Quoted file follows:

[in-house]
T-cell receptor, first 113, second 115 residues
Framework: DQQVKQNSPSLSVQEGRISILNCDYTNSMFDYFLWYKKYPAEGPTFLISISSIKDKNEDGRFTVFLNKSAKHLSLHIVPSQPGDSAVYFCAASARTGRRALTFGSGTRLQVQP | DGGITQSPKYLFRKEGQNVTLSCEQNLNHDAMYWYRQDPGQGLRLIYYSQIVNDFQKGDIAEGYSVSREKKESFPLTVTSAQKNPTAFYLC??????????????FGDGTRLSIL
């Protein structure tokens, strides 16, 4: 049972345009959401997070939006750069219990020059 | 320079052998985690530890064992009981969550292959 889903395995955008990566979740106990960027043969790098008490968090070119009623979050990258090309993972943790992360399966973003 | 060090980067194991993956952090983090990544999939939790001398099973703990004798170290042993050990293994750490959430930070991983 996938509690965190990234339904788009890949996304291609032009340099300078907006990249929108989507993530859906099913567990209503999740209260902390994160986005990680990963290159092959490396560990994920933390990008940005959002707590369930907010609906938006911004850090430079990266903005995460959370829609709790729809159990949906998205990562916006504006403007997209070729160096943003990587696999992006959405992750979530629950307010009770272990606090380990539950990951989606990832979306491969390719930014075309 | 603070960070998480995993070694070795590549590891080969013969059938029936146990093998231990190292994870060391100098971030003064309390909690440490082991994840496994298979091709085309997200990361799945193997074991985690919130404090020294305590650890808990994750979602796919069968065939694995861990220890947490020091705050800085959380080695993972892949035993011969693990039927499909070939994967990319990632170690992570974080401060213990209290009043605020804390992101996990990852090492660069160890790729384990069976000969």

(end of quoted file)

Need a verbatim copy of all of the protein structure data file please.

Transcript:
[in-house]
T-cell receptor, first 113, second 115 residues
Framework: DQQVKQNSPSLSVQEGRISILNCDYTNSMFDYFLWYKKYPAEGPTFLISISSIKDKNEDGRFTVFLNKSAKHLSLHIVPSQPGDSAVYFCAASARTGRRALTFGSGTRLQVQP | DGGITQSPKYLFRKEGQNVTLSCEQNLNHDAMYWYRQDPGQGLRLIYYSQIVNDFQKGDIAEGYSVSREKKESFPLTVTSAQKNPTAFYLC??????????????FGDGTRLSIL
């Protein structure tokens, strides 16, 4: 049972345009959401997070939006750069219990020059 | 320079052998985690530890064992009981969550292959 889903395995955008990566979740106990960027043969790098008490968090070119009623979050990258090309993972943790992360399966973003 | 060090980067194991993956952090983090990544999939939790001398099973703990004798170290042993050990293994750490959430930070991983 996938509690965190990234339904788009890949996304291609032009340099300078907006990249929108989507993530859906099913567990209503999740209260902390994160986005990680990963290159092959490396560990994920933390990008940005959002707590369930907010609906938006911004850090430079990266903005995460959370829609709790729809159990949906998205990562916006504006403007997209070729160096943003990587696999992006959405992750979530629950307010009770272990606090380990539950990951989606990832979306491969390719930014075309 | 603070960070998480995993070694070795590549590891080969013969059938029936146990093998231990190292994870060391100098971030003064309390909690440490082991994840496994298979091709085309997200990361799945193997074991985690919130404090020294305590650890808990994750979602796919069968065939694995861990220890947490020091705050800085959380080695993972892949035993011969693990039927499909070939994967990319990632170690992570974080401060213990209290009043605020804390992101996990990852090492660069160890790729384990069976000969």